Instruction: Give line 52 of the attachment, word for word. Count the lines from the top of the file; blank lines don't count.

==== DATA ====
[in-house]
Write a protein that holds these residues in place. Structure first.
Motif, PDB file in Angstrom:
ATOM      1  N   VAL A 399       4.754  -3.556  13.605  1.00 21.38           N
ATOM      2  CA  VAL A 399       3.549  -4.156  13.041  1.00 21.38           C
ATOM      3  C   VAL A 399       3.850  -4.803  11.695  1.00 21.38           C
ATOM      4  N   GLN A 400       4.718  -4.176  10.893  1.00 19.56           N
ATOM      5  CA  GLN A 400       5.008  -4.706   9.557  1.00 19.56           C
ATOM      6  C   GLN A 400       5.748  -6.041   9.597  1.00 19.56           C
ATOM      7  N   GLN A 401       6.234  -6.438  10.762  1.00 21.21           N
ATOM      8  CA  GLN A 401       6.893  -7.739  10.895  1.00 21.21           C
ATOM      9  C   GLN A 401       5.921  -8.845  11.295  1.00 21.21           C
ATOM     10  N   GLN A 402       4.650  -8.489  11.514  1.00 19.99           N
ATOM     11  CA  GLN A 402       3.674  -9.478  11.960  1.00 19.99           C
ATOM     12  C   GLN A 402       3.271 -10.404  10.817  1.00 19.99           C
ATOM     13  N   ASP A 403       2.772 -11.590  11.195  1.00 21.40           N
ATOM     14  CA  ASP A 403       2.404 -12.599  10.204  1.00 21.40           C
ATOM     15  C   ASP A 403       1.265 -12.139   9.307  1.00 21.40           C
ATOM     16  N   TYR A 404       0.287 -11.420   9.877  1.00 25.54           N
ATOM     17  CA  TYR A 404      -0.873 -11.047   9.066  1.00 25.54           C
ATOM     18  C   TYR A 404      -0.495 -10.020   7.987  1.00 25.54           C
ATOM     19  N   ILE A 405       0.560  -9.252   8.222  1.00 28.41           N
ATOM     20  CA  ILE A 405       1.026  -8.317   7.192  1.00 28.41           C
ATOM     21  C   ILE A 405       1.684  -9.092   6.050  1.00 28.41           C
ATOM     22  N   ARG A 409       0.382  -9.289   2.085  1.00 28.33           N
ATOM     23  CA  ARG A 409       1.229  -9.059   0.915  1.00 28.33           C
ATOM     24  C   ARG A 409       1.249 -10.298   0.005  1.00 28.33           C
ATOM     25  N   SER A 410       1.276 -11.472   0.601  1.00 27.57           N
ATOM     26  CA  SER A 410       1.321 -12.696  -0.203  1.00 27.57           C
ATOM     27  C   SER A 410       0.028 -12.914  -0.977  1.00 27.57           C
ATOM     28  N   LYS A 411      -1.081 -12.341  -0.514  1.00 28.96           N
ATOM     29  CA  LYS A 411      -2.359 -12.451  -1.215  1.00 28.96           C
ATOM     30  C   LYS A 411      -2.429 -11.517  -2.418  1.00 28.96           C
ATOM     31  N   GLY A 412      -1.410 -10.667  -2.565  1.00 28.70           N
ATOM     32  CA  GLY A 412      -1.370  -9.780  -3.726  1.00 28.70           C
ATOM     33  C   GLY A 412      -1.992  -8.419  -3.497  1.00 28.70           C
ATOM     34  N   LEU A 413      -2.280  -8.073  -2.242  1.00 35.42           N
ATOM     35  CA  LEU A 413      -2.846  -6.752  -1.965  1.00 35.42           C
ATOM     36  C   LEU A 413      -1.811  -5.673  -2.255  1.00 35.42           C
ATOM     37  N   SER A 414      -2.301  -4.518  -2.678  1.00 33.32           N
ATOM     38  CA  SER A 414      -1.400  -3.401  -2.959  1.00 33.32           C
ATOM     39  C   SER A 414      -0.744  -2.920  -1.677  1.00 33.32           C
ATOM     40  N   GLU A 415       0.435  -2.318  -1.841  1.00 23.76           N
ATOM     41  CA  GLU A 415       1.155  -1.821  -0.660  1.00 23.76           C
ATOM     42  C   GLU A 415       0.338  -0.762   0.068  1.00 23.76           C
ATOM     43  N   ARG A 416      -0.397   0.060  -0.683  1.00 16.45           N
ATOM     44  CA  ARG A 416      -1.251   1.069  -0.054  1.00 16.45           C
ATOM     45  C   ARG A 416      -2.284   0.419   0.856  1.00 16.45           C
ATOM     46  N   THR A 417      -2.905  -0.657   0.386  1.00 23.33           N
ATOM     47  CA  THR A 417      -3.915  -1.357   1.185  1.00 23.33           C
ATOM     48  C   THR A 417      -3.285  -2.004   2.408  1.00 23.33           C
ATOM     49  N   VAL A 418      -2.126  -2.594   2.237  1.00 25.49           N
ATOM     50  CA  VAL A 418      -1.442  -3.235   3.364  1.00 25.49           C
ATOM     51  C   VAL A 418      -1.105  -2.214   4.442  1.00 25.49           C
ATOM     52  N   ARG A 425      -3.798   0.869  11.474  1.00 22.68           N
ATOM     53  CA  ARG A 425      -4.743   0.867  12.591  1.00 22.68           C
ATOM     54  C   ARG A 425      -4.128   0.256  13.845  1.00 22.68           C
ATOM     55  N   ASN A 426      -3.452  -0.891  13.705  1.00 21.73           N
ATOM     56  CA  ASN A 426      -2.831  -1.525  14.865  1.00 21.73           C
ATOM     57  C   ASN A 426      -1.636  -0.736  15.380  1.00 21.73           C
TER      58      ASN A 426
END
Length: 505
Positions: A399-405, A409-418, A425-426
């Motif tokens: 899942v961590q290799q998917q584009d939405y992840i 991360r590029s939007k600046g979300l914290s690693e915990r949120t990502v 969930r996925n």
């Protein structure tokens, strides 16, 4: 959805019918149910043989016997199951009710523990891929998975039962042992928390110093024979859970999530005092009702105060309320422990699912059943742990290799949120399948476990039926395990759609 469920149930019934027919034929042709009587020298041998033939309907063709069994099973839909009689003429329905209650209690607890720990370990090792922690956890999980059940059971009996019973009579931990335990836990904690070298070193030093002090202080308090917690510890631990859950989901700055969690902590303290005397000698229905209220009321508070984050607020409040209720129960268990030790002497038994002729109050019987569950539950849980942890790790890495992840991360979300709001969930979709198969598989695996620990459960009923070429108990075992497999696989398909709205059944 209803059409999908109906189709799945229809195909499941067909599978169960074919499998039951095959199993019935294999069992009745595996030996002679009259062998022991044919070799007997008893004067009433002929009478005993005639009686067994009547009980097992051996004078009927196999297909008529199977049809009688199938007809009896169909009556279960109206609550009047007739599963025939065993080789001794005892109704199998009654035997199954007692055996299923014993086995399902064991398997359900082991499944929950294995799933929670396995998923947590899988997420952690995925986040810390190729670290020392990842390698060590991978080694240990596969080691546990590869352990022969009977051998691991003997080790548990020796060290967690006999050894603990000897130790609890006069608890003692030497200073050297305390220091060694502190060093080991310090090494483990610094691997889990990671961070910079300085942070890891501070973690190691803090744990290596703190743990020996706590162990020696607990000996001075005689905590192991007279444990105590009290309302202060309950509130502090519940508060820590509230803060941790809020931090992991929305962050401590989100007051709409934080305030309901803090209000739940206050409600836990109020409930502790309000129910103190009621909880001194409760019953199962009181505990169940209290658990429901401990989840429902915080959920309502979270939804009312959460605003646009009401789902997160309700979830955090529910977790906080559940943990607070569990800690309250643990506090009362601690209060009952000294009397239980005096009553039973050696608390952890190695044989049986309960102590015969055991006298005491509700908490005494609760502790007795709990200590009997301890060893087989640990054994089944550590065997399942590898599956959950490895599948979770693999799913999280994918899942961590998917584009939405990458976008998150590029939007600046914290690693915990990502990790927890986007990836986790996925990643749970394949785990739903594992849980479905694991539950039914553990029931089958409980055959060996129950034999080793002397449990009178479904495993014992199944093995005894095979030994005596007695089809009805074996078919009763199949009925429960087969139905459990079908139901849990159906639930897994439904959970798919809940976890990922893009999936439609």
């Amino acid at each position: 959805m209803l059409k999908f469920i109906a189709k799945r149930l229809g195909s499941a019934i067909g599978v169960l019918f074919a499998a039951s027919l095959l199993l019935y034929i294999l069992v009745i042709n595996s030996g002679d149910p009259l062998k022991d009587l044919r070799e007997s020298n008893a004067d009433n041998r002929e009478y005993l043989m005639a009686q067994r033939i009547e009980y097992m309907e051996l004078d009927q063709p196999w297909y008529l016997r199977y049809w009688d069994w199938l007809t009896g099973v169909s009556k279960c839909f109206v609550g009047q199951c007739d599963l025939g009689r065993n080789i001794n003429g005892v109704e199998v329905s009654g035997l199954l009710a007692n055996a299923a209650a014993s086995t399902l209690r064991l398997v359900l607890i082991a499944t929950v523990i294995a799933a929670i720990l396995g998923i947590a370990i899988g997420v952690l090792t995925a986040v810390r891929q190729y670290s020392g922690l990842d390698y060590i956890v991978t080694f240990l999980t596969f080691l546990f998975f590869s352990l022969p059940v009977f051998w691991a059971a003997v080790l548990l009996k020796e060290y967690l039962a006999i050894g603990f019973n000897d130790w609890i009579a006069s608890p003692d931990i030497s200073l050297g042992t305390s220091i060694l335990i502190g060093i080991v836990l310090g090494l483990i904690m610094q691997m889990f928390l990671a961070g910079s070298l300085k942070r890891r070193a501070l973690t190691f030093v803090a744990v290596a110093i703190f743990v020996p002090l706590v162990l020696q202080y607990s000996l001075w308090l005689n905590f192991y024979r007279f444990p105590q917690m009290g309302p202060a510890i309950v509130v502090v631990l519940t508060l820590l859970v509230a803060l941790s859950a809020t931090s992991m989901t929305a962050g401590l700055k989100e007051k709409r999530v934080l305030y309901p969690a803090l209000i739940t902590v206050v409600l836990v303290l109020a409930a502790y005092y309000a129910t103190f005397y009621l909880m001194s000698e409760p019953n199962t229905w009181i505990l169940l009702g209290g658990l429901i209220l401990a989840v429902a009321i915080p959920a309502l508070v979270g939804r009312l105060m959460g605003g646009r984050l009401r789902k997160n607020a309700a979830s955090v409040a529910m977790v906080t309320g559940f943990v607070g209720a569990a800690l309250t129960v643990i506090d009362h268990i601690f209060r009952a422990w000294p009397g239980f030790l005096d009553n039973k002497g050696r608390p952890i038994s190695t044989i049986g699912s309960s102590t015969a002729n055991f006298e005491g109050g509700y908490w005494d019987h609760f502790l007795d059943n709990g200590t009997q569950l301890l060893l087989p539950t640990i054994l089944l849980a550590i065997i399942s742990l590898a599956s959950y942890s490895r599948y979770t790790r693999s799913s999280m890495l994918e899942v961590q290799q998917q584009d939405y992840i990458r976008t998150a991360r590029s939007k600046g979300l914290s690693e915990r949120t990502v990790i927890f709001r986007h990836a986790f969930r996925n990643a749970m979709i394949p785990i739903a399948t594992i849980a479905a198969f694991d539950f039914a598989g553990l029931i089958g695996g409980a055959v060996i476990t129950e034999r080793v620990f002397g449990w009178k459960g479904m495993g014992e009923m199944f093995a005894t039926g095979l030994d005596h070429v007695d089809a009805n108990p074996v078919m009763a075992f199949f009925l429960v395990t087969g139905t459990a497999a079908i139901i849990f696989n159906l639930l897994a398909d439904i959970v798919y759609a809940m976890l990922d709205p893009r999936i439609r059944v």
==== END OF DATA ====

ATOM     49  N   VAL A 418      -2.126  -2.594   2.237  1.00 25.49           N